Margins – Stocks Vs Futures

A very common misunderstanding for investors new to futures trading is the term "margins" and what it exactly means. Let's begin with the definition of margin as it applies to the stock or equities markets. 'Margin' is a term used to describe when money is borrowed to purchase a stock or security. Basically, 'Margin' is a loan typically provided by a stock broker to it's client to enable he / she to purchase additional shares of stock with the loan of additional funds.

The term 'Margin' is also present in the commodity futures and options market as well but has a completely different meaning as compared to the stock markets meaning.

When trading commodity futures, the term 'Margin "is the amount of funds an investor must have available in his / her account to open a position in a particular market.' Margin 'in commodity futures trading can be thought of as a" Performance Bond ". Available" Margin "funds in a clients account act as a deposit of" good faith "in return for establishing a position in a given market. As an example, if an investor wished to establish a position in the Corn market, he / she would need to have $ 1.485 * in available funds in his account to take a long or short position for one contract. Again, this 'Margin' amount is not deducted from the futures trading account, it is now acting as a deposit enabling the futures trader to take a position in the Corn market.

Margin is determined by the futures exchange in which you wish to trade on. The original amount of money the exchange requires you to deposit is called Initial Margin. Initial Margin can also be thought of as "Day One" margin as it is the amount of margin required when the futures position is originally established. This amount is typically anywhere between 5-10% of the contract's overall value, and is periodically subject to change based upon current market conditions.

Along with the initial margin required by the futures exchange, there is also Maintenance Margin for your account. Maintenance Margin is a lower dollar amount than Initial Margin and comes into play starting with the second day of an established futures position. Essentially, the futures exchange will require a higher deposit to establish a futures position through Initial Margin. Once a futures position has been establish, the exchange then lowers the deposit amount (approximately 20%) down to Maintenance Margin to give the trade "room to fluctuate".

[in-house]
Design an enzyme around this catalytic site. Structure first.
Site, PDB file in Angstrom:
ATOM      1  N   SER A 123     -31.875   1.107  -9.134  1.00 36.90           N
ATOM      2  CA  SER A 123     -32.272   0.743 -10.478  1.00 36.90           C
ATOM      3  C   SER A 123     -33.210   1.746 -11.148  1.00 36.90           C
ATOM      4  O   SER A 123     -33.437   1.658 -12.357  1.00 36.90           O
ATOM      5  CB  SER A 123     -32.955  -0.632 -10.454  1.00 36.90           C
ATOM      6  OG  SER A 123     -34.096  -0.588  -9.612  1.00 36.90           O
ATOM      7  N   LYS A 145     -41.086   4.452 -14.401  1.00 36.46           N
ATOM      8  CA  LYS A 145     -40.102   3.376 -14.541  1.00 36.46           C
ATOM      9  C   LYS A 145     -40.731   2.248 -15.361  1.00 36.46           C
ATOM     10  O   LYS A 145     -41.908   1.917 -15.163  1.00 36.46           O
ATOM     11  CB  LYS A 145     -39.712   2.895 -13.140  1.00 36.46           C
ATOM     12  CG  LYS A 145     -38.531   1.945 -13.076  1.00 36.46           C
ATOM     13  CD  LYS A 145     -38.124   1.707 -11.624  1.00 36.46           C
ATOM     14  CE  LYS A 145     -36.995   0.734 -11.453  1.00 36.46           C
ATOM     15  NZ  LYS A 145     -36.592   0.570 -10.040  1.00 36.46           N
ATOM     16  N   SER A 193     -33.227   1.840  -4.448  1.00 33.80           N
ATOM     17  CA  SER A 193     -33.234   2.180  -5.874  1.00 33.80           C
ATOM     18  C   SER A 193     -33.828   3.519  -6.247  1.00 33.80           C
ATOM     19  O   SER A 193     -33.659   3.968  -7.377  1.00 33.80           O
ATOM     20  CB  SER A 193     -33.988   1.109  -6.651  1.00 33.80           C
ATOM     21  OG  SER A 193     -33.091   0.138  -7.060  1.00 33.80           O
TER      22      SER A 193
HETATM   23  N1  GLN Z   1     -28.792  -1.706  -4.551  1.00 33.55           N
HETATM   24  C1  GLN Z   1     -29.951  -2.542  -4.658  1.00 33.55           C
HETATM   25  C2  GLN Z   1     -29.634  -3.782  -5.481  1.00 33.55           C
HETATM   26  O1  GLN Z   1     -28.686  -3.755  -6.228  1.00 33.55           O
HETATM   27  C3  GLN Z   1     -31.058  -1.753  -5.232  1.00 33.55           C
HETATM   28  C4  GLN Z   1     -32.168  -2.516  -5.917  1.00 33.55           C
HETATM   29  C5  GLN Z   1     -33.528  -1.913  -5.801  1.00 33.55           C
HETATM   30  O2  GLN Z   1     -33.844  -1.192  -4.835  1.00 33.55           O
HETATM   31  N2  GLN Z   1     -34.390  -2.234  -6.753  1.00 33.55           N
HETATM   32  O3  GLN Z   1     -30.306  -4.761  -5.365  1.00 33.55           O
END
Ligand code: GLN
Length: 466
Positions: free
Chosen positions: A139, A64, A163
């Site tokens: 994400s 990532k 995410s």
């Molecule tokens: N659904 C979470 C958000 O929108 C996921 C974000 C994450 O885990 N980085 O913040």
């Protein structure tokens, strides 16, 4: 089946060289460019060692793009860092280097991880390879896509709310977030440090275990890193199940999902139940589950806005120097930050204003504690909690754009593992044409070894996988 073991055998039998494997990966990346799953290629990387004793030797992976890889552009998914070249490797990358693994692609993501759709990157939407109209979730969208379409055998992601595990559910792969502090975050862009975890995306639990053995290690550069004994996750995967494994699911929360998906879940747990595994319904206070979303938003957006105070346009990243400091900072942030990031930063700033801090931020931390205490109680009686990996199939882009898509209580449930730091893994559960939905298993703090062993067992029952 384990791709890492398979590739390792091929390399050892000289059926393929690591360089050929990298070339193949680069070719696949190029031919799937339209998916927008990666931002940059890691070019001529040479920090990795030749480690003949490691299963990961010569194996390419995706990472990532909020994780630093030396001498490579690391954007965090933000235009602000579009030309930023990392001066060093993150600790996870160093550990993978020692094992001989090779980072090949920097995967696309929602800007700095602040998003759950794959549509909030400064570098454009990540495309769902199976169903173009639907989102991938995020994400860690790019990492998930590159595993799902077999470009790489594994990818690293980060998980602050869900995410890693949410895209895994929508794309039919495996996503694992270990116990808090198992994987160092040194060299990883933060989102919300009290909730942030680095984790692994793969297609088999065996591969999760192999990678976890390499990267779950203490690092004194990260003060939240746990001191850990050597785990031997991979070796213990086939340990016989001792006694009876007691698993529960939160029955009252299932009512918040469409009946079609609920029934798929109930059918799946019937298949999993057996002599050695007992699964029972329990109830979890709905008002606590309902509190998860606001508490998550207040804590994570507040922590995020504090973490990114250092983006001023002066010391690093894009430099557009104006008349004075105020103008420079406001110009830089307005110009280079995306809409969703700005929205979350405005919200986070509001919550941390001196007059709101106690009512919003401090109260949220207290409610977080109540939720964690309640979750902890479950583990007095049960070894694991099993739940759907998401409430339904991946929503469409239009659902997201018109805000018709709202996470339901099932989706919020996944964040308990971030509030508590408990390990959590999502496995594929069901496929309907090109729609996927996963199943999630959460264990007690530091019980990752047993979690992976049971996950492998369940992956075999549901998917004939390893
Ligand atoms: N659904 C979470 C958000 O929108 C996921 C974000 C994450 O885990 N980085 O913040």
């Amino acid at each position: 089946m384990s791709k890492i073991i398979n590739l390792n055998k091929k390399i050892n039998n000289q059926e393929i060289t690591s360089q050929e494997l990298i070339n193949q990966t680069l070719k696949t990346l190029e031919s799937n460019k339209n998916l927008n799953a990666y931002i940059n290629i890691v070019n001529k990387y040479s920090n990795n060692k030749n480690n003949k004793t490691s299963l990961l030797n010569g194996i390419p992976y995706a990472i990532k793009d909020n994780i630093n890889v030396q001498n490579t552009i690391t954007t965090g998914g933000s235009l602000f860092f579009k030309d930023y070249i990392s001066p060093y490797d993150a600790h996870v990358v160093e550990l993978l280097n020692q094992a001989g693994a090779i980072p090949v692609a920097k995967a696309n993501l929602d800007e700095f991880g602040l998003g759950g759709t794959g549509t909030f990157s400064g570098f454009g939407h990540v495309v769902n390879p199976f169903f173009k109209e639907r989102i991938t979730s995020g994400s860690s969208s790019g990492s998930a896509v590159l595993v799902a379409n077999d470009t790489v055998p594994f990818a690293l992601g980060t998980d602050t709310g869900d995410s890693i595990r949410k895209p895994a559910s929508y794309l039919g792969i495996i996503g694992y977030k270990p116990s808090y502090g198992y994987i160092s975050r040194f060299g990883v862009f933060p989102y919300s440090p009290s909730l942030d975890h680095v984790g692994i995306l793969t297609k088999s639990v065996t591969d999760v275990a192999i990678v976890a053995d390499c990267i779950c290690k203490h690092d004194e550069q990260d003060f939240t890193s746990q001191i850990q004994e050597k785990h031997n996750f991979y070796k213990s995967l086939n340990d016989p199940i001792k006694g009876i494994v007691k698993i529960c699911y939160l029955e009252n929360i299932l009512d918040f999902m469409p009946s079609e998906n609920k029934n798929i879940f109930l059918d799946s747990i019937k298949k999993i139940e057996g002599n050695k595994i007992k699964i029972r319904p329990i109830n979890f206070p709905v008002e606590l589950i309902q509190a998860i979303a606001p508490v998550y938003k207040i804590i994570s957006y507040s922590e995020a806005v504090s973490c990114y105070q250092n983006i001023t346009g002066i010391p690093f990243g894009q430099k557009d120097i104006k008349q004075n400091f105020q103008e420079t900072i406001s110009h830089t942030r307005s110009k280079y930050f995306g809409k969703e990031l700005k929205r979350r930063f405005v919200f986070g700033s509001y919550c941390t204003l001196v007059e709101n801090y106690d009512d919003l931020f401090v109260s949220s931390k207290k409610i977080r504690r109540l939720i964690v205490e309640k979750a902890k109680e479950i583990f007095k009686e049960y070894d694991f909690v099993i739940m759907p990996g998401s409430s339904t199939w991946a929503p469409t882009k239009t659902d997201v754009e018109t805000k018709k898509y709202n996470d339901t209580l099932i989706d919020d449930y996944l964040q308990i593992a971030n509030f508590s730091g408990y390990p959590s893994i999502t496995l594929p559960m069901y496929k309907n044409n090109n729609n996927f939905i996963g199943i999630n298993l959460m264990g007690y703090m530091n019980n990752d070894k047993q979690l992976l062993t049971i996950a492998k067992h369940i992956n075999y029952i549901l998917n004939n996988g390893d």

If the market moves against your established position and your account equity falls below the maintenance margin, you will receive a Margin Call. A margin call is a request from your broker to either deposit funds into your account to bring the account value back up to the original initial margin amount or liquidate the open futures position. Most futures brokers require margin calls be taken care of immediately. If a margin call is not satisfied, the futures broker has the right to liquidate any open positions in order to satisfy the margin deficit.

The majority of futures traders will not want to take delivery of the contract they are trading, so they will liquidate the contract before its expiration date. When a contract in which you own the rights is liquidated, your margin deposit is then cleared. Depending on the outcome of the trade, losses are subtracted or gains are added to your futures trading account.

* Based upon current exchange margin rates as of December 16. 2009. Margins are subject to change without notice.


Source by J. Leeney

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